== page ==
HC Deb 02 December 1830 vol 1 cc741-2
The Speaker

acquainted the House that Charles Harper, who had presented a petition on the 16th of November, complaining of an undue election for the Borough of Tregony, had not entered into the recognizances required by the Act of Parliament.

Mr. D. W. Harvey

presented a Petition from Mr. C. Harper, praying that the time for lodging the recognizances might be extended to Thursday next, and praying to be heard in support of the prayer of his petition.

The Motion was then put, that Charles Harper be called to the Bar.

Sir E. B. Sugden

opposed the petition. There was no reason to depart in this case from the rules prescribed by the Act of Parliament.

Mr. O'Connell

said, the House had power to grant the prayer of the petition, and he thought it ought to be granted.

Mr. Littleton

also thought the Parliament ought to enlarge the time for entering into the recognizances.

Mr. Ross

saw no reason for granting the indulgence, and was opposed to the House acting contrary to its own laws.

Mr. Hume

said, there had been no intention to violate the Act of Parliament; and that the case deserved the favourable consideration of the House.

Mr. Goulburn

contended, that the petitioner had not complied with the Act of Parliament, and was not entitled to the indulgence of the House.

The House then agreed that the petitioner should be called to the Bar. On the further question, that the time for entering the recognizances be enlarged till Thursday,

The Attorney General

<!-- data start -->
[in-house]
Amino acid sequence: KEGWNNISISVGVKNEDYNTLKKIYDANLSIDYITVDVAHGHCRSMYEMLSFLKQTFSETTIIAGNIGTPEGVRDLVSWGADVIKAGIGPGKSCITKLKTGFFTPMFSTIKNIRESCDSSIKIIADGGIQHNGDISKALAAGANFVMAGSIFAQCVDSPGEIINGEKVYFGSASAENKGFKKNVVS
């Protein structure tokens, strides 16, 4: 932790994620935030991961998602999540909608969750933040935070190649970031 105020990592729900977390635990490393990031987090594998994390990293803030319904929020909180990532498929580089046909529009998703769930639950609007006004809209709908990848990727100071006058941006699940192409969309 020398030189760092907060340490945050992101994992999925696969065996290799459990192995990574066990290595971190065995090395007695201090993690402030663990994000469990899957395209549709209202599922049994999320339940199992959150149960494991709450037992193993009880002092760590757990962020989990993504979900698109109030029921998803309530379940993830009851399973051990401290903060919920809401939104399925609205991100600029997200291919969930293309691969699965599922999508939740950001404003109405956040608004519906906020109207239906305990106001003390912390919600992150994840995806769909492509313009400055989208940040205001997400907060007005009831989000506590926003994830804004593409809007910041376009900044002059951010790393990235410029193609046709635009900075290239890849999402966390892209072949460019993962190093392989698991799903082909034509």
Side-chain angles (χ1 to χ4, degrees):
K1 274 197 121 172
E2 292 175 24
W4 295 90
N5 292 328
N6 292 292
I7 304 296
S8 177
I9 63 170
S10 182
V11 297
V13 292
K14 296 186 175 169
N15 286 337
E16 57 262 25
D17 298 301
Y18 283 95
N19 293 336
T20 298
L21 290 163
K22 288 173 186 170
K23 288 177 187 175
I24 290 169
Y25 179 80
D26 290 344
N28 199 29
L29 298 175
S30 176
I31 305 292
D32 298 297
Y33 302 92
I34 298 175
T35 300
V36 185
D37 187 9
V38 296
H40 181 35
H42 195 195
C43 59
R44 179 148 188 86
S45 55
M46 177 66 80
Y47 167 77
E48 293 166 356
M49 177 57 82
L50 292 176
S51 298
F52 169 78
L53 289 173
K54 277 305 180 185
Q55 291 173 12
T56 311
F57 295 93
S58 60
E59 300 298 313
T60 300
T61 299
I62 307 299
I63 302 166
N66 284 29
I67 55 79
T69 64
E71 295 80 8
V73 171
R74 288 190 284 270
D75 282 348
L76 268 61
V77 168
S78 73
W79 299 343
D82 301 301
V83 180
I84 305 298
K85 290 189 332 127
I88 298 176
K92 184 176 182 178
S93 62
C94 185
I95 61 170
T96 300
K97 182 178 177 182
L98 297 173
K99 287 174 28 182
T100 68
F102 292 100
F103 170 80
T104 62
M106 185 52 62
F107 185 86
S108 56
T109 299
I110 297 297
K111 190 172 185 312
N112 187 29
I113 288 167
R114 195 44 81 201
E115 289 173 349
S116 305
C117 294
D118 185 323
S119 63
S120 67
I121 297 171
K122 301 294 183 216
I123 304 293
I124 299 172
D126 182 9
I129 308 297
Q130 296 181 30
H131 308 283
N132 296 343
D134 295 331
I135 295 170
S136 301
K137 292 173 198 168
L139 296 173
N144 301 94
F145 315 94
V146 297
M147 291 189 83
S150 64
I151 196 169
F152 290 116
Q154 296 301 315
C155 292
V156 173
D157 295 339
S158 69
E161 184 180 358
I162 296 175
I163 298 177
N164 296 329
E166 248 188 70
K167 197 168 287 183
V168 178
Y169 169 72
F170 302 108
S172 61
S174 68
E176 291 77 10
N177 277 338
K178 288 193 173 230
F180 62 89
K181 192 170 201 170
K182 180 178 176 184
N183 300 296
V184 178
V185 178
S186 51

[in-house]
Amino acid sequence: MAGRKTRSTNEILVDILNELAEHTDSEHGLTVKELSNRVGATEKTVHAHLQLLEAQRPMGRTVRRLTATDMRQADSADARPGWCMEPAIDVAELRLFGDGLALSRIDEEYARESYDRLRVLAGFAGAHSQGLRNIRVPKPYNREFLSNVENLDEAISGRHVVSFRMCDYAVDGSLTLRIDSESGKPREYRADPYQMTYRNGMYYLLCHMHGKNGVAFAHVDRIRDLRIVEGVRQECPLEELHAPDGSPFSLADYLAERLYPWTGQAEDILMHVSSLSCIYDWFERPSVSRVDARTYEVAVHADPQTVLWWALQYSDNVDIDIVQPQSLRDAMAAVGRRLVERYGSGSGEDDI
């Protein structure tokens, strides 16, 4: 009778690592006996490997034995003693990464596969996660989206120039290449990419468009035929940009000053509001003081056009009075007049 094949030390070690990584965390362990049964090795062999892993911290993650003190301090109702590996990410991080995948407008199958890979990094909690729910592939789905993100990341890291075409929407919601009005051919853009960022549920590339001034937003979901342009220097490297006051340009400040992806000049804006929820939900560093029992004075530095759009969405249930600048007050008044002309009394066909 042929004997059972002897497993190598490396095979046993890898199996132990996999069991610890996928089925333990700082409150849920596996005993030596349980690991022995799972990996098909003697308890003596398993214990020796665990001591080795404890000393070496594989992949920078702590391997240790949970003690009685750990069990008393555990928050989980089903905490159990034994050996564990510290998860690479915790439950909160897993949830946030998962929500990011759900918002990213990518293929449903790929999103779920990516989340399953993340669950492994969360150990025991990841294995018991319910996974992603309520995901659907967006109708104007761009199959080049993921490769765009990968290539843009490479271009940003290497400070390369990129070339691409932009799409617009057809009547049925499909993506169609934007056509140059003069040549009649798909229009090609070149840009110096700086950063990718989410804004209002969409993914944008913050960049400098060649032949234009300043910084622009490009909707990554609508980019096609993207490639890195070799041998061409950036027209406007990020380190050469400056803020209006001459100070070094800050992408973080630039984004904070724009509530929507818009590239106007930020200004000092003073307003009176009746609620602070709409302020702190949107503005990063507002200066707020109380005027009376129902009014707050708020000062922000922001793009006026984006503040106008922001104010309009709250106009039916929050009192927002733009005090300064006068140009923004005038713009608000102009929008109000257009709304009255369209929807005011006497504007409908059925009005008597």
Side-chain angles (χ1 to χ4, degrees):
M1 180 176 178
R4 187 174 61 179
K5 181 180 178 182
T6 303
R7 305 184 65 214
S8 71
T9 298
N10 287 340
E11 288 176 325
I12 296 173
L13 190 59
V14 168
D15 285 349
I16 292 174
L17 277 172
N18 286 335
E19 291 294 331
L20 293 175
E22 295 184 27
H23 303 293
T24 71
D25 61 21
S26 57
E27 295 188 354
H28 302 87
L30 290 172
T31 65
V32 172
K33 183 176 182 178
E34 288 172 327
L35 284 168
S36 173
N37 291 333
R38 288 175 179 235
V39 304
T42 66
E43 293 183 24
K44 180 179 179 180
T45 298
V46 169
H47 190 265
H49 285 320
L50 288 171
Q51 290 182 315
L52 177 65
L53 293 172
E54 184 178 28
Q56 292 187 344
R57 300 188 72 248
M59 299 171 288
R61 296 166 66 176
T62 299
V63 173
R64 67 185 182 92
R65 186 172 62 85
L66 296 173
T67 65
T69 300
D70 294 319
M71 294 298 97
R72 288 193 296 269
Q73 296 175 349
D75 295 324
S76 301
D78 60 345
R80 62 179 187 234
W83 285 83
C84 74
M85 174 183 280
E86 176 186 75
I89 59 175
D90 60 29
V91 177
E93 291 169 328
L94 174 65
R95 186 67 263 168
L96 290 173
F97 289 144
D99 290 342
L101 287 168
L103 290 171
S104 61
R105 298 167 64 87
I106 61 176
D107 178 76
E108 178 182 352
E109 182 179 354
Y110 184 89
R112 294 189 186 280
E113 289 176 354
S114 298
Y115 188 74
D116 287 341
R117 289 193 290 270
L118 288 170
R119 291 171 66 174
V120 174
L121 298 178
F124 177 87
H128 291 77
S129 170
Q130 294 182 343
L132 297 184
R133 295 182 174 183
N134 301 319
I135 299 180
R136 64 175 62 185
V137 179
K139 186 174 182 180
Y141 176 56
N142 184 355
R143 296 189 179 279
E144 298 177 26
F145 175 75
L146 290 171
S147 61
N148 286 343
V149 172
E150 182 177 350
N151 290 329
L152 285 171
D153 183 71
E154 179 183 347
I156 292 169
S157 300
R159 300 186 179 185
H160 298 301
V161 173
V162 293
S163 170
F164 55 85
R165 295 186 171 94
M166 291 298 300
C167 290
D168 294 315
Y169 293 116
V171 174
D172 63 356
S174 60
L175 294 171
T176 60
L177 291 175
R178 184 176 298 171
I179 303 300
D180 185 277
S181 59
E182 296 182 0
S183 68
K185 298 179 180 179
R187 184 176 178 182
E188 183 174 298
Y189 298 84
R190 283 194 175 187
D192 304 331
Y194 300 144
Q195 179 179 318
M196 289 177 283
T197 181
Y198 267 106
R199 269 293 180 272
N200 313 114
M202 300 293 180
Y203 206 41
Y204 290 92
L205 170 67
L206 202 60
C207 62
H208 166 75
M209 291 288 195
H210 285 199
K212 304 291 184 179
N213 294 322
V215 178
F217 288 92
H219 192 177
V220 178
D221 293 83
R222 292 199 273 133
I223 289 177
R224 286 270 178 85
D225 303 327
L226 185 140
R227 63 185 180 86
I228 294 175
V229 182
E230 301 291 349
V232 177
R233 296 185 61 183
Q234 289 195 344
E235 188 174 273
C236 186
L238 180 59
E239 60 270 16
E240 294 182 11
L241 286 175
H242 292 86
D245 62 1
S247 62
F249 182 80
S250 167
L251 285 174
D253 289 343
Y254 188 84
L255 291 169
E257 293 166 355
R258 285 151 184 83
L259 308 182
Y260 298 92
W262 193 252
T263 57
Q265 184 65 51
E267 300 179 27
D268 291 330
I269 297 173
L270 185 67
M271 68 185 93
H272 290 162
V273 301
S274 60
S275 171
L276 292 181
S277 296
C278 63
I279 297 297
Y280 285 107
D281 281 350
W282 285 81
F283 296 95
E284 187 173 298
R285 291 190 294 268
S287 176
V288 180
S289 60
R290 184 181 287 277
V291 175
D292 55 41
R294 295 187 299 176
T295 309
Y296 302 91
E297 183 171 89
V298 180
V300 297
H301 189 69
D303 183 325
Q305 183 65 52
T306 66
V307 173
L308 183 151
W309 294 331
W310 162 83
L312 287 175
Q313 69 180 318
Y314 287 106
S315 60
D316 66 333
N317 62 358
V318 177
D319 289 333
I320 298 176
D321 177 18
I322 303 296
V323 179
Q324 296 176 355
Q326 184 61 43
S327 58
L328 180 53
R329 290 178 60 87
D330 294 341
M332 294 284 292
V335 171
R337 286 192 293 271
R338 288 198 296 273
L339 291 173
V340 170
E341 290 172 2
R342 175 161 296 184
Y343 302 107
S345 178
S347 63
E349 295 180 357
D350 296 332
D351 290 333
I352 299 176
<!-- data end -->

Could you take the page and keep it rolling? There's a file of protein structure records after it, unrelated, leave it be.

thought it extremely inconvenient that the House should have to enter into these cases. He was unwilling to exclude persons from the benefits of an enlargement of their recog- nizances; but some attention ought to be paid by the parties to the Acts of Parliament.

Sir R. Peel

said, there was a manifest inconvenience in laying down rules if they were not to be adhered to. The petitioner had urged that he had never read the Act of Parliament; but if the House extended the time on such a plea, it was giving a manifest advantage to the negligent.

Mr. O'Connell

maintained that the petitioner had not violated the letter of the law. There was nothing in the Act to prevent a petitioner giving in more names than were required, as a prudent precaution in case some of his securities should not be able to pass examination.

Sir R. Peel

thought the hon. Member's speech a mere attempt at special pleading. The law was clear and positive, and admitted not of any such interpretation.

Mr. North

maintained that the Act only mentioned six and four securities as extreme numbers, including the intermediate number.

Sir E. B. Sugden

thought it impossible by such arguments to get rid of the plain words of the Act.

Mr. Campbell

said, that the petitioner had been guilty of gross negligence, and the petition ought not to be received.

The Speaker

recapitulated the case to the House, and stated, that the petitioner had been duly informed of what was required by the Act.

Lord Palmerston

thought that no favour should be granted unless the petitioner could show that he had taken every precaution to avoid a breach of the law. The dismissal of the petition would not prevent the House trying the validity of the election.

The House divided; Against the Motion 83; For it 23—Majority 60.

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